Medical Students Spend Summer in Population Health Immersion

Tuesday, October 24 2017

NYU School of Medicine students Garseng Wong & Elaine De Leon were Population Health Summer Research Fellows in the summer of 2017.
NYU School of Medicine students Garseng Wong & Elaine De Leon were Population Health Summer Research Fellows in the summer of 2017.

Each summer, the Department of Population Health at NYU Langone Health offers first year medical students the opportunity to participate in the Summer Research Fellowship Program. Selected fellows work with a dedicated faculty advisor on a scholarly research project. Fellows complete their projects and present findings at a research seminar with program faculty. They also attend weekly journal clubs and are expected to lead one with a faculty co-facilitator.

Garseng Wong, a rising second-year medical student, worked with Mark Schwartz, MD, professor and vice chair for education in the Department of Population Health and director of the population health pillar of NYU School of Medicine’s curriculum, on the project CHORD New York City: Community Health Outreach to Reduce Diabetes, a randomized controlled trial that integrates community health workers (CHWs) into primary care teams at NYC Health+Hospitals Bellevue and the Veterans Affairs Hospital New York to provide health coaching and prevent diabetes among prediabetic patients. The CHWs provide behavioral counseling, referrals, and encourage lifestyle change through shared experiences and social support that extends beyond primary care clinic visits. A concurrent study of the program aims to test a scalable model of peer health coaching to address and prevent the onset of type-2 diabetes among the millions of patients at risk.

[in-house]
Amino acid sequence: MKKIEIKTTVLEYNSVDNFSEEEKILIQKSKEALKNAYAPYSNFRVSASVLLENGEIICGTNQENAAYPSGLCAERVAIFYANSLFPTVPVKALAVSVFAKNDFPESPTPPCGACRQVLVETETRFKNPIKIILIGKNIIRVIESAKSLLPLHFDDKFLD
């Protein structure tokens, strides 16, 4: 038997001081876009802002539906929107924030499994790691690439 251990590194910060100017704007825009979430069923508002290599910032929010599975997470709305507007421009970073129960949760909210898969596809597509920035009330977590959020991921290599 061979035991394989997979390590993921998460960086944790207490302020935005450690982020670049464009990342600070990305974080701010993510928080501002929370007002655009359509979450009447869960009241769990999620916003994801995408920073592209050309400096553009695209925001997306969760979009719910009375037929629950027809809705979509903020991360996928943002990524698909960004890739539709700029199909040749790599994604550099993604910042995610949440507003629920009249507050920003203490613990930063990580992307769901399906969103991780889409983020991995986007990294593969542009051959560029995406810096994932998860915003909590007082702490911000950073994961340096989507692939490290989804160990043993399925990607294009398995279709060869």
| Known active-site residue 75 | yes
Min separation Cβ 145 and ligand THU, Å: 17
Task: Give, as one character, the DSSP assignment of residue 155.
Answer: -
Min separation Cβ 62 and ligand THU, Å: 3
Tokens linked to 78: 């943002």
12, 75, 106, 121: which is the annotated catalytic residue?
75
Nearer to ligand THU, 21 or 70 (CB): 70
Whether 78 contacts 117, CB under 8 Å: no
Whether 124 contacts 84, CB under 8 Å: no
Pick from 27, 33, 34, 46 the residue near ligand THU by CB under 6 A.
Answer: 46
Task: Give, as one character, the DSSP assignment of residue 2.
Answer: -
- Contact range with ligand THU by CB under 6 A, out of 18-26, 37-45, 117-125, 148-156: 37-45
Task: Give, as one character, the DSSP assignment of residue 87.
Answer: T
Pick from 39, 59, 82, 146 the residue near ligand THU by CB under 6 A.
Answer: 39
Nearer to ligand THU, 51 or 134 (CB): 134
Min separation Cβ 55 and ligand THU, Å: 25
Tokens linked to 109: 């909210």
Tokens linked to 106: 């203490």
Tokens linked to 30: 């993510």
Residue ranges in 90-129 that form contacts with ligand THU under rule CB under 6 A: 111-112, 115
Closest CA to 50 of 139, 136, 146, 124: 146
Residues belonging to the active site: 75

Wong interacted directly with CHWs, conducting qualitative interviews about their experiences in the field, with questions such as where are they from? What drew them to this kind of work? Did the training prepare them for their work in the field? Wong then used their responses to code and identify themes.

Fellow medical student Elaine De Leon worked with Brian Elbel, PhD, associate professor of population health and director of the Section on Health Choice, Policy and Evaluation Health Policy, on a project related to racial residential segregation in New York City and how access to health-promoting food and built environment entities may differ by level of segregation. To help her address this question, De Leon used data from a variety of sources including the United States Census and New York City’s Department of Health and Mental Hygiene and Department of City Planning.

Medical students are encouraged to apply for the Summer Research Fellowship in order to gain hands-on research experience, and each student is driven by their own personal reasons. De Leon applied because “I worked in public health, and [I wanted] to go back to something I felt comfortable with after a challenging year.” De Leon, who conducted research on the built environment as an undergraduate thought it was “exciting to see how the field evolved over the last nine years.” Meanwhile, Wong was drawn to the summer fellowship because he wanted to work with Dr. Schwartz, who Wong highly respected. It also appealed to him that the study’s community health worker model has never been integrated into primary care before. “We feel like pioneers in that regard,” he says.

“[By the end of the fellowship] I will have learned how to do qualitative analysis and systematic review, learned about panel management, and community health workers,” Wong explained “I wasn't involved with research prior to this,” he said, adding that “this opportunity strengthens presentation skills and exposes us to faculty work and career paths.”

Both fellows are planning to be primary care physicians and intend to apply their experience to future careers. De Leon plans to continue conducting research on the social determinants of health and is hoping to collaborate on interdisciplinary health-related projects with researchers, while Wong hopes to use his new research, qualitative analysis, systematic review, and panel management skills in his career.

Faculty interested in mentoring a student next summer can submit project opportunities to be listed in a directory accessible to students. Project submissions are being accepted until November 15, 2017.